Forum for Science, Industry and Business

Sponsored by:     3M 
Search our Site:

 

Texas Tech Center for Pulsed Power Aiding in Fight against IEDs

22.07.2010
Researchers in Texas Tech University’s Center for Pulsed Power and Power Electronics have been instrumental in the United States Department of Defense’s efforts to combat improvised explosive devices (IEDs). The center’s research was recently referenced in a Popular Mechanics story on the Navy’s research in defeating IEDs.

Considered the nation’s university leader in pulsed power research, the center has directed two five-year university research initiatives supported by the Department of Defense and is participating in a third. A primary goal of the center’s research is to discover various avenues of disabling electrical systems from a distance, including IEDs and car bombs, before they maim and kill civilians.

“It should be clear to everybody that the IED problem will stay with us for the foreseeable future, with pulsed power providing several key methods of combating the issue,” said Andreas Neuber, professor in the Texas Tech Edward E. Whitacre Jr. College of Engineering. “The center’s undergraduate and graduate students work on these methods that also address key needs in national security. Several of our students have received national fellowship awards, which is an excellent indicator of how our program is recognized at the highest levels.”

A secondary objective of the research is to investigate inexpensive, easily applied shielding methods for protection of our assets from an enemy attack in the field or from a terrorist attack at home.

The U.S. has a critical need to develop a center for training scientists in the fields of pulsed power and energetic materials. The information gained has proven invaluable to the Department of Defense and the Department of Homeland Security.

The Center for Pulsed Power and Power Electronics has been conducting research for nearly 40 years and has millions of dollars in research funding. The center is a branch of the Texas Tech Whitacre College of Engineering.

Chris Cook | Newswise Science News
Further information:
http://www.ttu.edu

More articles from Power and Electrical Engineering:

nachricht Multicrystalline Silicon Solar Cell with 21.9 % Efficiency: Fraunhofer ISE Again Holds World Record
20.02.2017 | Fraunhofer-Institut für Solare Energiesysteme ISE

nachricht Six-legged robots faster than nature-inspired gait
17.02.2017 | Ecole Polytechnique Fédérale de Lausanne

All articles from Power and Electrical Engineering >>>

The most recent press releases about innovation >>>

Die letzten 5 Focus-News des innovations-reports im Überblick:

Im Focus: Breakthrough with a chain of gold atoms

In the field of nanoscience, an international team of physicists with participants from Konstanz has achieved a breakthrough in understanding heat transport

In the field of nanoscience, an international team of physicists with participants from Konstanz has achieved a breakthrough in understanding heat transport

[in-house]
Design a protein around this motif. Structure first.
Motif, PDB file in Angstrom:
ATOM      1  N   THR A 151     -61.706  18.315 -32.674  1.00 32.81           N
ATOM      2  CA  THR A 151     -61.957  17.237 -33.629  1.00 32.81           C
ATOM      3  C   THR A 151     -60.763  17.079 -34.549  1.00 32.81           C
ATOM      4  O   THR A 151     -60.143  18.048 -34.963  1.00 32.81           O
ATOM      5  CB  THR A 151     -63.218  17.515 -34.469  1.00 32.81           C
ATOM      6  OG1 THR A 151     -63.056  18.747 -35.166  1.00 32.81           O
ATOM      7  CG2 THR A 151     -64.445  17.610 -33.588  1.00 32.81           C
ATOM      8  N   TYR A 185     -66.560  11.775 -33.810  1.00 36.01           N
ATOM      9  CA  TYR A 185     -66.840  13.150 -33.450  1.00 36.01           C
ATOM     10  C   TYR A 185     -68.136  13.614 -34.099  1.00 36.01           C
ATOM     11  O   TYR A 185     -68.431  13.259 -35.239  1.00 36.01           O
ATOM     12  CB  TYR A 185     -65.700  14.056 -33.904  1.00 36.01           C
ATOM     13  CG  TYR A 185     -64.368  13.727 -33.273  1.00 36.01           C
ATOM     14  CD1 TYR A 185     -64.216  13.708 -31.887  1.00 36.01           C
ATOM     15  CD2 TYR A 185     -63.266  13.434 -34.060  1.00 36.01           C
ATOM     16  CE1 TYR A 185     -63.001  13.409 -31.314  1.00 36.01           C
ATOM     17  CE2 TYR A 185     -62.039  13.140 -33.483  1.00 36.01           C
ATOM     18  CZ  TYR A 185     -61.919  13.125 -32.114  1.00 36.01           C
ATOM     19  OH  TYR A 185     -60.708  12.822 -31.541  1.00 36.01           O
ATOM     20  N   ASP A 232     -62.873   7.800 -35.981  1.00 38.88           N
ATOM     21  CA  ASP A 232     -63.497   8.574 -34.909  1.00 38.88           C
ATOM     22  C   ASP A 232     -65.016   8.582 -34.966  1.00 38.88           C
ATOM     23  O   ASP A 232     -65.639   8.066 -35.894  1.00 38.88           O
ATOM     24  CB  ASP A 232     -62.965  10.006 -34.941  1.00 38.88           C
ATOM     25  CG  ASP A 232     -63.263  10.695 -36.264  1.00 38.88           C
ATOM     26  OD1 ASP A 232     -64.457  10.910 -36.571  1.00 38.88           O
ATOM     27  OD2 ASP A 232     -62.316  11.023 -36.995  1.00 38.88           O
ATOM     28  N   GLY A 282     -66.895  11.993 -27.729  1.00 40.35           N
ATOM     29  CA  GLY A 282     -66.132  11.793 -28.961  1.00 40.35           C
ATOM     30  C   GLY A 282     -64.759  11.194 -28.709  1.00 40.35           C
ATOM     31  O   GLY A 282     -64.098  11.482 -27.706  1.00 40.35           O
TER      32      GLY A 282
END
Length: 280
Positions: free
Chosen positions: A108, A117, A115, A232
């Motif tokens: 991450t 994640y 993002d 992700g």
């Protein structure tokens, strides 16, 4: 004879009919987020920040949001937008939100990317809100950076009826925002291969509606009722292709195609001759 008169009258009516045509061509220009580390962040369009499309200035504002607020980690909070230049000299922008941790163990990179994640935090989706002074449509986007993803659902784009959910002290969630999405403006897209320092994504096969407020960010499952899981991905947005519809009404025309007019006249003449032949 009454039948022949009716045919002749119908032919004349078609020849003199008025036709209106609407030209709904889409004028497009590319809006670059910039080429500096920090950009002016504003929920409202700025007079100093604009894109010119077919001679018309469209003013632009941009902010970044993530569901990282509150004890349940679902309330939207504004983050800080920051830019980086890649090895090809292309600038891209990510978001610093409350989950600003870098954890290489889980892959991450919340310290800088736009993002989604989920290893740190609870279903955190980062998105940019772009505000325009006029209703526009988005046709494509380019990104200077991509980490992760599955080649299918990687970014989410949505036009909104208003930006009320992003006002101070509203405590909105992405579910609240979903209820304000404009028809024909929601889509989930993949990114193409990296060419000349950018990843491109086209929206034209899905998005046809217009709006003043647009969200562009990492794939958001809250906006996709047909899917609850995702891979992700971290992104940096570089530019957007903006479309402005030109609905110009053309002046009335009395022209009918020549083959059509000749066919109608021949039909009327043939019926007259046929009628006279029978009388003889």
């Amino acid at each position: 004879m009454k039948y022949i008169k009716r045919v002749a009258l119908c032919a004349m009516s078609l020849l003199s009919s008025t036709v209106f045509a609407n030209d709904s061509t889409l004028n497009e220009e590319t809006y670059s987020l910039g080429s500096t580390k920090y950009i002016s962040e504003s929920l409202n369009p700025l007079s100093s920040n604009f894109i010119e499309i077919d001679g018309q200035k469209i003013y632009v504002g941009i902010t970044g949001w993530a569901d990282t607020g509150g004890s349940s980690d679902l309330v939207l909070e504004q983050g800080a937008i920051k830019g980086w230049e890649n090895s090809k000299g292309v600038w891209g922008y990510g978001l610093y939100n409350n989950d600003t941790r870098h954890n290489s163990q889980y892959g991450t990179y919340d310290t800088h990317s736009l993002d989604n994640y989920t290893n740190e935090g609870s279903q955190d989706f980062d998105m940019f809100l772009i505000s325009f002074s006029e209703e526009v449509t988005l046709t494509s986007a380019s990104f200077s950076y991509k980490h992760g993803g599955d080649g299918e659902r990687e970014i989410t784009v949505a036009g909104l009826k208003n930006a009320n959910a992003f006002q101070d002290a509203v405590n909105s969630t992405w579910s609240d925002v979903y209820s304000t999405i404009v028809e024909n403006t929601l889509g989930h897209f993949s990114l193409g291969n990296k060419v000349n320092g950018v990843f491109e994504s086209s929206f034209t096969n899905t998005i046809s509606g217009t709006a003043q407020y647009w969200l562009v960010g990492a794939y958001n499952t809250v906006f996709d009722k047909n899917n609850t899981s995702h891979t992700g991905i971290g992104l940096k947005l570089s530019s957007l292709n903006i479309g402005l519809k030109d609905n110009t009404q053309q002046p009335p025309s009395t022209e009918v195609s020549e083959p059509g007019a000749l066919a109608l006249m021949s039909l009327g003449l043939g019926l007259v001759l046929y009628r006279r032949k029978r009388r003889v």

Im Focus: DNA repair: a new letter in the cell alphabet

Results reveal how discoveries may be hidden in scientific “blind spots”

Cells need to repair damaged DNA in our genes to prevent the development of cancer and other diseases. Our cells therefore activate and send “repair-proteins”...

Im Focus: Dresdner scientists print tomorrow’s world

The Fraunhofer IWS Dresden and Technische Universität Dresden inaugurated their jointly operated Center for Additive Manufacturing Dresden (AMCD) with a festive ceremony on February 7, 2017. Scientists from various disciplines perform research on materials, additive manufacturing processes and innovative technologies, which build up components in a layer by layer process. This technology opens up new horizons for component design and combinations of functions. For example during fabrication, electrical conductors and sensors are already able to be additively manufactured into components. They provide information about stress conditions of a product during operation.

The 3D-printing technology, or additive manufacturing as it is often called, has long made the step out of scientific research laboratories into industrial...

Im Focus: Mimicking nature's cellular architectures via 3-D printing

Research offers new level of control over the structure of 3-D printed materials

Nature does amazing things with limited design materials. Grass, for example, can support its own weight, resist strong wind loads, and recover after being...

Im Focus: Three Magnetic States for Each Hole

Nanometer-scale magnetic perforated grids could create new possibilities for computing. Together with international colleagues, scientists from the Helmholtz Zentrum Dresden-Rossendorf (HZDR) have shown how a cobalt grid can be reliably programmed at room temperature. In addition they discovered that for every hole ("antidot") three magnetic states can be configured. The results have been published in the journal "Scientific Reports".

Physicist Dr. Rantej Bali from the HZDR, together with scientists from Singapore and Australia, designed a special grid structure in a thin layer of cobalt in...

All Focus news of the innovation-report >>>

Anzeige

Anzeige

Event News

Booth and panel discussion – The Lindau Nobel Laureate Meetings at the AAAS 2017 Annual Meeting

13.02.2017 | Event News

Complex Loading versus Hidden Reserves

10.02.2017 | Event News

International Conference on Crystal Growth in Freiburg

09.02.2017 | Event News

 
Latest News

Impacts of mass coral die-off on Indian Ocean reefs revealed

21.02.2017 | Earth Sciences

Novel breast tomosynthesis technique reduces screening recall rate

21.02.2017 | Medical Engineering

Use your Voice – and Smart Homes will “LISTEN”

21.02.2017 | Trade Fair News

VideoLinks
B2B-VideoLinks
More VideoLinks >>>